“Well, I could explain it to you now, but you wouldn’t actually believe that it’s actually in your heart, because it’s really, really deep down. I mean, I’ve got to take the plow to you. Let’s get out of here. Let’s go to the desert.”

“Well, I don’t like the desert.”

“Well, I know you don’t, but let’s get out there. Because out there, I can really do a work in you, a work that will make you quit coming to church and quit doing Christiany stuff. Because you think in the end, I can kill you or that I wish you harm. It’s out here, it’s out in the struggle, it’s out in the fight that you’re finally going to learn that I love you.”

So, sometimes the desert, it’s here for awhile, man. Because I think that’s the question when God goes, “Come on, let’s go to the desert.” “Well, how much water do I need to pack?” Maybe six weeks, maybe six months. Listen to me, maybe six years. This ain’t no Rubix Cube, man. This isn’t math. Some times with God, 2 + 2 doesn’t equal 4. “Come on.” He says, “Come on, let’s go. Out to the desert, come on. It’s dry, it hurts, but pay attention to your feet. Draw near and listen. I have not abandoned you. Pray for real to Me. Don’t the game with Me. I know you’re hiding in the closet. Let’s not play this game. Be honest. It’s where we have to begin. And when I whisper to you, follow Me because I’m trying to get you out of here.

Matt Chandler, Approaching the Divine 

[just dripping tears into my mug of cider don’t mind me…]

(via takecaretiredsouls)

(Source: forgetful-wanderer, via thoughtcollision)



"Ledges"- Noah Gundersen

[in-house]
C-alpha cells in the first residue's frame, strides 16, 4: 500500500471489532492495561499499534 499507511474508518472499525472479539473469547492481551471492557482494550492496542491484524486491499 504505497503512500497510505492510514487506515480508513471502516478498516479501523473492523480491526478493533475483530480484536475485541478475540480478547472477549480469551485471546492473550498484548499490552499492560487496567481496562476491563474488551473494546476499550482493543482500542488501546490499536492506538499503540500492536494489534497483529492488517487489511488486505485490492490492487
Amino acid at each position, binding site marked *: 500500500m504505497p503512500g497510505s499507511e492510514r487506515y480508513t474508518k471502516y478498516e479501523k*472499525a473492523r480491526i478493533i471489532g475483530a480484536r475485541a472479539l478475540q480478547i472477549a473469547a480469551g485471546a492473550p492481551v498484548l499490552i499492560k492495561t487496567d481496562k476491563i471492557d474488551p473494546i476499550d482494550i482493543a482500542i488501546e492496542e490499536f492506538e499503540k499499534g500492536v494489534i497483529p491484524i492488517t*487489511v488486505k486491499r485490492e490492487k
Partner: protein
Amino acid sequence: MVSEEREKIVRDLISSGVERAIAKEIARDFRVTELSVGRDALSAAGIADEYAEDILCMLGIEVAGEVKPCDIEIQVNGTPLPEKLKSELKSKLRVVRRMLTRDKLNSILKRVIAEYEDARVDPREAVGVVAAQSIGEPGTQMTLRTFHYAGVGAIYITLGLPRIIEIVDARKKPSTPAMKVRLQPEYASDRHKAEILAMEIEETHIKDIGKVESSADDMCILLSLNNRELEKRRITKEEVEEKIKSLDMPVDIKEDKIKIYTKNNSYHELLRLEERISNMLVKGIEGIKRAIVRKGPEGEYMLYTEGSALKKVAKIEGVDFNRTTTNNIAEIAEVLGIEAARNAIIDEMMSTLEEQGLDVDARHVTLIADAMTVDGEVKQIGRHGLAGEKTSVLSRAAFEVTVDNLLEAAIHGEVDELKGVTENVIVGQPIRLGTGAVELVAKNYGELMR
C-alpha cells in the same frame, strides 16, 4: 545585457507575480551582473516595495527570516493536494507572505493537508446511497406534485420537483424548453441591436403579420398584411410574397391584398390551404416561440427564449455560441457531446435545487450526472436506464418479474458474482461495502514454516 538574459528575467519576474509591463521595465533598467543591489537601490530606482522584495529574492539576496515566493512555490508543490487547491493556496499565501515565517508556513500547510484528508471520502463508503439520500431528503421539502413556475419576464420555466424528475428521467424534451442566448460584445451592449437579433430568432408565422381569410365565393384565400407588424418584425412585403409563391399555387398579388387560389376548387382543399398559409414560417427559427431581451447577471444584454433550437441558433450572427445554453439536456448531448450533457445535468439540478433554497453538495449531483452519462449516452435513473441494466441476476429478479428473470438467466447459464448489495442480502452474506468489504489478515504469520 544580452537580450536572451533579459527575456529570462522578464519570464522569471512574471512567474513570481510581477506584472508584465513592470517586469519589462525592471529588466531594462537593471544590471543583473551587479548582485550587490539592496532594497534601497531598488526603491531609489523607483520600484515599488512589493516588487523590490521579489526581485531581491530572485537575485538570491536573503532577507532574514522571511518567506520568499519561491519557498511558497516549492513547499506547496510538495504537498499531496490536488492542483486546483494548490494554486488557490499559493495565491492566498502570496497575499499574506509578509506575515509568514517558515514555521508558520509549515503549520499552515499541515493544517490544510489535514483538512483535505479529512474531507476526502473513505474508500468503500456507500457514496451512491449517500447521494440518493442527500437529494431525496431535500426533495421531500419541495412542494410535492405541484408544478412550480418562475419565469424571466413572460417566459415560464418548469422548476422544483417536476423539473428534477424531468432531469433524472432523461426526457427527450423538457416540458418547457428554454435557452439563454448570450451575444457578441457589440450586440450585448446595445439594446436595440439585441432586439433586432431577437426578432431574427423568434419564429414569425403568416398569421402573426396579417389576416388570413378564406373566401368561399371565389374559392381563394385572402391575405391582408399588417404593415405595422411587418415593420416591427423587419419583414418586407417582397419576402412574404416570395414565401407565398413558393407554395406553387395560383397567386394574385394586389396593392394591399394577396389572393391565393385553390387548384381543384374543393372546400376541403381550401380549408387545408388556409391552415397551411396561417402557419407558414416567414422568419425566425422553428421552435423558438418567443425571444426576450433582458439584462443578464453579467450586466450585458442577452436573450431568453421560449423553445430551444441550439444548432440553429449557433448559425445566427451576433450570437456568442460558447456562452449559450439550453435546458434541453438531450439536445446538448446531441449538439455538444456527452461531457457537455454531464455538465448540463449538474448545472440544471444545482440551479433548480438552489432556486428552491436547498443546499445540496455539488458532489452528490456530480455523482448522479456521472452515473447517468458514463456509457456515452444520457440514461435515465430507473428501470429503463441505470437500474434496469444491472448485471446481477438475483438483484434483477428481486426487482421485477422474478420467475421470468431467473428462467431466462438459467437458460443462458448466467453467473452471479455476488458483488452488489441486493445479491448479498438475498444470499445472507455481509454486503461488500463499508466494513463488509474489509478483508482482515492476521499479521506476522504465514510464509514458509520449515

Beautiful words and pretty voices. Enough said.

and i want to learn how to love,
and give it all back,
and be forgiven for all i’ve done.

this is my favorite noah gundersen song. 
and because noah gundersen is my favorite songwriter ever.. that’s a pretty steep thing. 

but. this song. so. fucking. good.

(via youmakemewannabebrave)

Every time we believe the lie that we’re who we used to be, we roll the stone back into place like nothing happened.

Bon Goff, Love Does (via heartbeatofatwentysomething)

(via francineannabelle)



Stromae - Papaoutai

Last year the most popular video on French TV and the number one song in France and Belgium was “Papaoutai” by Belgian singer Stromae. The tune and rhythms are appealing and unusual; the video is compelling and, ultimately, moving. Though the title sounds like it could be a word in an African language, it is actually meant to be understood by French speakers as meaning “Papa, où t’es?” which translates as “Dad, where are you?” The song and the story of the video refer to the absence of Stromae’s father, who was killed in the Rwandan genocide of 1994. The plaintive cry of the singer who feels the absence of his father is also expressed in the child in the video who begs his mannequin-like father to come to life.

(Source:, via churntheocean)

Sometimes the French are simply better. France gave the world champagne, lingerie, French kissing. Their lunch is a two-hour endeavor and despite their rich decadent food, the French always eat in moderation.

n. didonátti  (via her0inchic)

(Source: bonvivantx, via her0inchic)

― The Fault in Our Stars (2014)Augustus: Maybe she wasn’t loved widely, but she was loved deeply. And isn’t that more than most of us get?

― The Fault in Our Stars (2014)
Augustus: Maybe she wasn’t loved widely, but she was loved deeply. And isn’t that more than most of us get?

(Source: anamorphosis-and-isolate, via her0inchic)


Nicki Minaj teaching the models at Alexander Wang how to do the Anaconda dance is the greatest thing I’ve seen today


Nicki Minaj teaching the models at Alexander Wang how to do the Anaconda dance is the greatest thing I’ve seen today

(via her0inchic)



This is important


(Source: adventuringasnotagrownup, via abeautifuladventure)